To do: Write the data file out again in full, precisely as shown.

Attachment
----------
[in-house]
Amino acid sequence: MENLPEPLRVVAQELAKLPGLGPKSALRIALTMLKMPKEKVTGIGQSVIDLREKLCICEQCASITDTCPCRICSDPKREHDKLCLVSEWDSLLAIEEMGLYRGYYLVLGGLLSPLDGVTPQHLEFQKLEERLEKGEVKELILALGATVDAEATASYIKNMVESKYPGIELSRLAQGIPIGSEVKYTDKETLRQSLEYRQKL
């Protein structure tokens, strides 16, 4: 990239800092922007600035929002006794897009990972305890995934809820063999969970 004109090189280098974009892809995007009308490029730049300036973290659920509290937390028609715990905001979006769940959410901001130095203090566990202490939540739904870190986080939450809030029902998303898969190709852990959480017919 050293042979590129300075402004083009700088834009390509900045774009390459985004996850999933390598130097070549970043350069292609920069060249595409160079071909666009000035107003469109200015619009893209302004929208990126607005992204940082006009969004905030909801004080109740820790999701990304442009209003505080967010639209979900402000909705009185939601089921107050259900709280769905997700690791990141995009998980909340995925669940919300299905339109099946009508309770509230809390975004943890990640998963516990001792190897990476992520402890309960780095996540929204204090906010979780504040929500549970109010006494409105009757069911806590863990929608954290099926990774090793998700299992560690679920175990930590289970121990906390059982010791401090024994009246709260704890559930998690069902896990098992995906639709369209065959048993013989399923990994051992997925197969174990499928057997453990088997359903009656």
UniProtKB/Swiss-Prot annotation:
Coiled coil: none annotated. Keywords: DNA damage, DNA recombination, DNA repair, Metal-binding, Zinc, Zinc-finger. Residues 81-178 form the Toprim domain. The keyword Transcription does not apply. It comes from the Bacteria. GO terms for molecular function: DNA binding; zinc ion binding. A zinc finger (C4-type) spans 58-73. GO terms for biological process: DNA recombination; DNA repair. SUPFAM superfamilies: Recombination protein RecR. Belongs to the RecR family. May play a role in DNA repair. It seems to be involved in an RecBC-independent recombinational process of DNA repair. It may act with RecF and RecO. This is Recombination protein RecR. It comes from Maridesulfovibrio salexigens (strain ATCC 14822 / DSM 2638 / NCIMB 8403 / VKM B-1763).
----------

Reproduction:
[in-house]
Amino acid sequence: MENLPEPLRVVAQELAKLPGLGPKSALRIALTMLKMPKEKVTGIGQSVIDLREKLCICEQCASITDTCPCRICSDPKREHDKLCLVSEWDSLLAIEEMGLYRGYYLVLGGLLSPLDGVTPQHLEFQKLEERLEKGEVKELILALGATVDAEATASYIKNMVESKYPGIELSRLAQGIPIGSEVKYTDKETLRQSLEYRQKL
């Protein structure tokens, strides 16, 4: 990239800092922007600035929002006794897009990972305890995934809820063999969970 004109090189280098974009892809995007009308490029730049300036973290659920509290937390028609715990905001979006769940959410901001130095203090566990202490939540739904870190986080939450809030029902998303898969190709852990959480017919 050293042979590129300075402004083009700088834009390509900045774009390459985004996850999933390598130097070549970043350069292609920069060249595409160079071909666009000035107003469109200015619009893209302004929208990126607005992204940082006009969004905030909801004080109740820790999701990304442009209003505080967010639209979900402000909705009185939601089921107050259900709280769905997700690791990141995009998980909340995925669940919300299905339109099946009508309770509230809390975004943890990640998963516990001792190897990476992520402890309960780095996540929204204090906010979780504040929500549970109010006494409105009757069911806590863990929608954290099926990774090793998700299992560690679920175990930590289970121990906390059982010791401090024994009246709260704890559930998690069902896990098992995906639709369209065959048993013989399923990994051992997925197969174990499928057997453990088997359903009656």
UniProtKB/Swiss-Prot annotation:
Coiled coil: none annotated. Keywords: DNA damage, DNA recombination, DNA repair, Metal-binding, Zinc, Zinc-finger. Residues 81-178 form the Toprim domain. The keyword Transcription does not apply. It comes from the Bacteria. GO terms for molecular function: DNA binding; zinc ion binding. A zinc finger (C4-type) spans 58-73. GO terms for biological process: DNA recombination; DNA repair. SUPFAM superfamilies: Recombination protein RecR. Belongs to the RecR family. May play a role in DNA repair. It seems to be involved in an RecBC-independent recombinational process of DNA repair. It may act with RecF and RecO. This is Recombination protein RecR. It comes from Maridesulfovibrio salexigens (strain ATCC 14822 / DSM 2638 / NCIMB 8403 / VKM B-1763).